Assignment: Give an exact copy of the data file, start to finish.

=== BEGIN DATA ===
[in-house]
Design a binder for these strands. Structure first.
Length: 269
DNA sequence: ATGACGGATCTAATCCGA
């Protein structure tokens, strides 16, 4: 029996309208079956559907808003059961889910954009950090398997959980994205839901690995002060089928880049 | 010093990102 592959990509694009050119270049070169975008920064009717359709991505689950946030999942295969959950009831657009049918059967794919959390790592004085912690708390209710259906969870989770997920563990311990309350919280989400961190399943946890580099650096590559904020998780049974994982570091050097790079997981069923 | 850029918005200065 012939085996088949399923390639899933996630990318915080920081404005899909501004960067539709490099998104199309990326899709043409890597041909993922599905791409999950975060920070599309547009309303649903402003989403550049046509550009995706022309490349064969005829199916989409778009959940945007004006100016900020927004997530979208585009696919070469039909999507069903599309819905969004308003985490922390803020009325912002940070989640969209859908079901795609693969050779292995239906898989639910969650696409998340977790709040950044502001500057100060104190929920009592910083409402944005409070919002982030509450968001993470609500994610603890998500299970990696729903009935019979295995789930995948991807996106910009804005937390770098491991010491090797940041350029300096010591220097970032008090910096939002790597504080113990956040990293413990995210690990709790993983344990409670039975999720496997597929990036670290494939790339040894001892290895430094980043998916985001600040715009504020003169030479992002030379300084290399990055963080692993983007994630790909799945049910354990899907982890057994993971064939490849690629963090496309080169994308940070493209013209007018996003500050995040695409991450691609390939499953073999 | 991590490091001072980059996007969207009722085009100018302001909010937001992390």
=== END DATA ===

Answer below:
[in-house]
Design a binder for these strands. Structure first.
Length: 269
DNA sequence: ATGACGGATCTAATCCGA
């Protein structure tokens, strides 16, 4: 029996309208079956559907808003059961889910954009950090398997959980994205839901690995002060089928880049 | 010093990102 592959990509694009050119270049070169975008920064009717359709991505689950946030999942295969959950009831657009049918059967794919959390790592004085912690708390209710259906969870989770997920563990311990309350919280989400961190399943946890580099650096590559904020998780049974994982570091050097790079997981069923 | 850029918005200065 012939085996088949399923390639899933996630990318915080920081404005899909501004960067539709490099998104199309990326899709043409890597041909993922599905791409999950975060920070599309547009309303649903402003989403550049046509550009995706022309490349064969005829199916989409778009959940945007004006100016900020927004997530979208585009696919070469039909999507069903599309819905969004308003985490922390803020009325912002940070989640969209859908079901795609693969050779292995239906898989639910969650696409998340977790709040950044502001500057100060104190929920009592910083409402944005409070919002982030509450968001993470609500994610603890998500299970990696729903009935019979295995789930995948991807996106910009804005937390770098491991010491090797940041350029300096010591220097970032008090910096939002790597504080113990956040990293413990995210690990709790993983344990409670039975999720496997597929990036670290494939790339040894001892290895430094980043998916985001600040715009504020003169030479992002030379300084290399990055963080692993983007994630790909799945049910354990899907982890057994993971064939490849690629963090496309080169994308940070493209013209007018996003500050995040695409991450691609390939499953073999 | 991590490091001072980059996007969207009722085009100018302001909010937001992390």